A diamond’s value is determined by the cost it will take to create a similar stone. This can be anywhere from a few hundred dollars to many millions of dollars, depending on the type of jewel and how rare it is. The appraised value on an item is what the seller believes that their item should fetch when they sell it, and the diamond resale value is how much someone will pay for one with imperfections so they can cut better quality diamonds out of them.
GENERAL UNDERSTANDING AND DIFFERENCE BETWEEN APPRAISAL AND RESALE VALUE
To make the difference between an appraisal and resale value clear, it helps to know the difference between “appraisal” and “resale value.”
Appraisal: The estimated value that a diamond will fetch when it is sold.
Resale: The amount a buyer is willing to pay for an item that has imperfections on it. Depending on the imperfection, this may be below or above the appraised value.
The main difference between an appraisal and resale value is where they are based on. An appraisal is based on the cost of creating a diamond equal in quality to the one being sold. Resale value, on the other hand, is based on the buyer’s willingness to pay for an imperfect diamond. Gold And Diamond Buyers use both of these values to arrive at the price a jeweler will pay for an item in order to resell it. The difference between an appraisal and resale value is mainly based on the presence of flaws that can cut down on the quality of a stone. Flaws will lower the appraised value because they mean less income for the seller, but there are very few cases where they will lower resale value. In most cases, it is better to buy an imperfect or flawed diamond than to cut one out of its original rough form. Gold And Diamond Buyers can appraise your diamond and provide you with an accurate resale value. Appraisal values, like most other goods, are based on the cost of producing a similar item from scratch. For example, a regular diamond without any imperfections would take the same amount of labour and resources to produce as one with fair or poor qualities. In other words, the price someone will pay for a stone is never higher than its appraised value because its price is automatically calculated by what it would cost to create one just as good – if not better – than the one you have in mind.
YOU SHOULD REALLY APPRAISE YOUR DIAMOND BEFORE YOU SELL IT:
The first thing to understand about the resale value of a diamond is that it changes with time. This is especially true for all diamonds that are over one carat, as the larger they get, the less expensive they become. The second thing to understand is that appraisal and resale values don’t always reflect the market price of a diamond on any given day. They reflect what buyers will generally pay based on trends over time and consider factors such as cut, clarity and colour. These two values are very different because appraisal considers how difficult it is to produce a diamond; while resale value is based upon how much someone would pay for one – even if it was flawed or imperfect. Gold And Diamond Buyers use appraisals from The GIA to provide you with the best possible resale value for selling your diamond. It also uses a percentage system to allow sellers to get a better idea of what they should expect than just a fixed dollar amount. A large part of our service is getting you the most from your diamond at the best price possible – providing you with stellar customer service and helping you make the most profit on whatever jewelry you sell.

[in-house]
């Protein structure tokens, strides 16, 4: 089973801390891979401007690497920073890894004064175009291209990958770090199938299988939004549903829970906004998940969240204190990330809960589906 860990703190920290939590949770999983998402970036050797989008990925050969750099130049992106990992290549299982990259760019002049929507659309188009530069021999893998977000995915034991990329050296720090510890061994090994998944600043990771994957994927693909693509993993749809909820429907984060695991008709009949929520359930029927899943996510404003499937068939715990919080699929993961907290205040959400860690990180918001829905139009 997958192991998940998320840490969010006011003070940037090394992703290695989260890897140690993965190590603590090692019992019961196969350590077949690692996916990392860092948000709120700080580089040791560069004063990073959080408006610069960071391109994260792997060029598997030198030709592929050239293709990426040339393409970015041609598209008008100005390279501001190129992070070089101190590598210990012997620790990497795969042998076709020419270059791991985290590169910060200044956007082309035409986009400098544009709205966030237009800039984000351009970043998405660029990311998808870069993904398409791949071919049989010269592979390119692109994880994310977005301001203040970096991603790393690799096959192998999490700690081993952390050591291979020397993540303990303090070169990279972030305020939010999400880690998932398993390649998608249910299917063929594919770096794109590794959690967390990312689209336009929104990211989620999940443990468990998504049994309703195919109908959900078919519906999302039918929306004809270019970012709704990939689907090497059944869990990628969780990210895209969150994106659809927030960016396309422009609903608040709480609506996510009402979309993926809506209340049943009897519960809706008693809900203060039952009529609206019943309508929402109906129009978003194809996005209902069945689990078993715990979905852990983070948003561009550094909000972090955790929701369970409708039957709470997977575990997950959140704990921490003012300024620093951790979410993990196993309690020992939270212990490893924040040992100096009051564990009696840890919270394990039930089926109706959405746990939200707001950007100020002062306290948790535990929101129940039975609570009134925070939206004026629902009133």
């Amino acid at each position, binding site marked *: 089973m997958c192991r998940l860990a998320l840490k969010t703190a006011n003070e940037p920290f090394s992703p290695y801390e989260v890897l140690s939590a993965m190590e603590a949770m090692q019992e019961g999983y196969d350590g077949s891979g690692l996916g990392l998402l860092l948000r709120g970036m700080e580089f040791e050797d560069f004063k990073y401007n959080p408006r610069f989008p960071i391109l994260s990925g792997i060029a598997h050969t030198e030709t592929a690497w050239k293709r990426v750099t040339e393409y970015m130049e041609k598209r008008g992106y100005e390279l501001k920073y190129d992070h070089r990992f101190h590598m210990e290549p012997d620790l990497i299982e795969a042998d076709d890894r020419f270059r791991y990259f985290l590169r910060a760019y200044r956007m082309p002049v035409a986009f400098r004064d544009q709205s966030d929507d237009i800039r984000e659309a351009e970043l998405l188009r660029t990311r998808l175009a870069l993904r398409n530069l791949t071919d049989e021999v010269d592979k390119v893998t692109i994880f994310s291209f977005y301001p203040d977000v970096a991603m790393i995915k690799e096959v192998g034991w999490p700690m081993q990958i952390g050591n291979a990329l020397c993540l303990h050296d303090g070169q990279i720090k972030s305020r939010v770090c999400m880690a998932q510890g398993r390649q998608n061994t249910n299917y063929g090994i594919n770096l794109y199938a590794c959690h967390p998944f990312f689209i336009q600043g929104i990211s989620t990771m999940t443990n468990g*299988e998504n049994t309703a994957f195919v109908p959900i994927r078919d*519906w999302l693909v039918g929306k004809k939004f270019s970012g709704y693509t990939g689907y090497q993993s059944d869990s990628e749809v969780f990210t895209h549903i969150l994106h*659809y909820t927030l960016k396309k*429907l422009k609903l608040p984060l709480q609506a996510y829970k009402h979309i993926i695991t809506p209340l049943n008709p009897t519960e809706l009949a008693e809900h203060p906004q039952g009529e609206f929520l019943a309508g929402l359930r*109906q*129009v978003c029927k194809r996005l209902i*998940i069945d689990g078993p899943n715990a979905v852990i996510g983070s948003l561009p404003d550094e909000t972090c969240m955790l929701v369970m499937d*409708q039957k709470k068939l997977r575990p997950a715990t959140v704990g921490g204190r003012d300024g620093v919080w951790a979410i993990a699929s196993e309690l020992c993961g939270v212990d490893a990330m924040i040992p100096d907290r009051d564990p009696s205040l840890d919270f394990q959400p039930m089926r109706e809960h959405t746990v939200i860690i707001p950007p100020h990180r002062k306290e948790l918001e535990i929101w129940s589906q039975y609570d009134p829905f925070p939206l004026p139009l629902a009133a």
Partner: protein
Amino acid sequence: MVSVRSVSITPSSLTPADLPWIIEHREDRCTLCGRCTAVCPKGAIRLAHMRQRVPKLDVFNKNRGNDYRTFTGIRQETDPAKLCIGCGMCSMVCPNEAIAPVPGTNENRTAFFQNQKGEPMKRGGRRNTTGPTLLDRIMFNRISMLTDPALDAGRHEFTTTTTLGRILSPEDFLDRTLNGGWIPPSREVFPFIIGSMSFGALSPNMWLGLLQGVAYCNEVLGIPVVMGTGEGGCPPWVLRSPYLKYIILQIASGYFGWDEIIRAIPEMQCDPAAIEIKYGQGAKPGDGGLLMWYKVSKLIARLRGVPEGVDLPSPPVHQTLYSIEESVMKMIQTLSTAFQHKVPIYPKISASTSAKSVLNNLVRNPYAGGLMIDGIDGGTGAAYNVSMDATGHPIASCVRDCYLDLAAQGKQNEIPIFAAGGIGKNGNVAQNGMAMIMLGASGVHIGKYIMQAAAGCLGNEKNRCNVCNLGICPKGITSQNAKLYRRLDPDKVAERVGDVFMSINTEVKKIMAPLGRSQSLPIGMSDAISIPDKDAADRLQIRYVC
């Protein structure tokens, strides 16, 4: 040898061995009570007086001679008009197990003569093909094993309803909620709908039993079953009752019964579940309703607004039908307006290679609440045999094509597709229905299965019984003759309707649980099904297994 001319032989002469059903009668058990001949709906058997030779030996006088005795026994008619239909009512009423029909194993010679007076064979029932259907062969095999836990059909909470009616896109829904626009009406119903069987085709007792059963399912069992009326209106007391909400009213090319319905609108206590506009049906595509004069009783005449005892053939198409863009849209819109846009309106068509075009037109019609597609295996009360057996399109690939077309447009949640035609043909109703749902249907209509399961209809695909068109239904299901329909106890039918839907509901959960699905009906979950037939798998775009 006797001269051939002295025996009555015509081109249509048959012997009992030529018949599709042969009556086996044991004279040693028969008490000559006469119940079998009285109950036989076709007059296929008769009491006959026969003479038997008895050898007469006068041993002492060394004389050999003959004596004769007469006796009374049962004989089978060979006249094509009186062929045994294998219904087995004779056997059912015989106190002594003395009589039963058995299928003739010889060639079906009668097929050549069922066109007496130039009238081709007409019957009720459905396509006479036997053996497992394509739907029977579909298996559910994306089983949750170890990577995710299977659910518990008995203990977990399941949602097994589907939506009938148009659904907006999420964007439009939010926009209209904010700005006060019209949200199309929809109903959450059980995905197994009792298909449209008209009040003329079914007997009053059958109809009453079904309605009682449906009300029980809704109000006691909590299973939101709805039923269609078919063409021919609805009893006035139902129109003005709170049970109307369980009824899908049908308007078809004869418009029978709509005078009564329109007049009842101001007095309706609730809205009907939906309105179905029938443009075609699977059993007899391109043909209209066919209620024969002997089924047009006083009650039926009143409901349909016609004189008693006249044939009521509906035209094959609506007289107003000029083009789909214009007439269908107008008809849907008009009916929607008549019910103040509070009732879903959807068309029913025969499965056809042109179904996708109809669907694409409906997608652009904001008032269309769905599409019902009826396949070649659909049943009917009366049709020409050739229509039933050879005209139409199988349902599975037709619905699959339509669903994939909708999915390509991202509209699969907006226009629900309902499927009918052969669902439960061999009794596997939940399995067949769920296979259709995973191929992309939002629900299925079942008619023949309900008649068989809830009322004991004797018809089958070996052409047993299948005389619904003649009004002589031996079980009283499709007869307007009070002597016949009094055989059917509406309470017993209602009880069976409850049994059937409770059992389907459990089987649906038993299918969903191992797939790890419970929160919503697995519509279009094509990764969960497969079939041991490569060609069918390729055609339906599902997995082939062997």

This is why you should never sell a diamond unless you have had it appraised first. Doing so puts the seller into a position where they are likely to be taken advantage of by a buyer, who will know exactly how much they want to buy the diamond for. This information can be used against the seller, who is under no obligation to sell their diamond.
WHAT FACTORS AFFECT A DIAMOND’S RETAIL VALUE?
The retail value of an item is normally determined by the specifications that a buyer looks for when deciding to buy something. In the case of diamonds, this means cut, clarity and color. Among these three standards, cut has the greatest effect on a diamond’s retail value. Diamonds are normally valued with four primary characteristics or “C’s” – cut, carat weight, color and clarity. The first of these is “cut,” which is based on how well-proportioned it appears to be and if its shape enhances its value. This term is normally used as a measurement of the light performance or “fire” that a diamond can deliver.
Cutting is not always a factor in the prices of diamonds. In most cases, carat weight (carats) and color are the most important. This is because almost all diamonds are in the range of 0.5 to 1.0 carat, which means that very little comes into play when it comes to cutting, other than that which can be determined by the eye. Since diamonds of any color or clarity can be found, there’s usually no point in being picky unless you have high expectations for your diamond’s beauty in one aspect or another that are not met by most stones.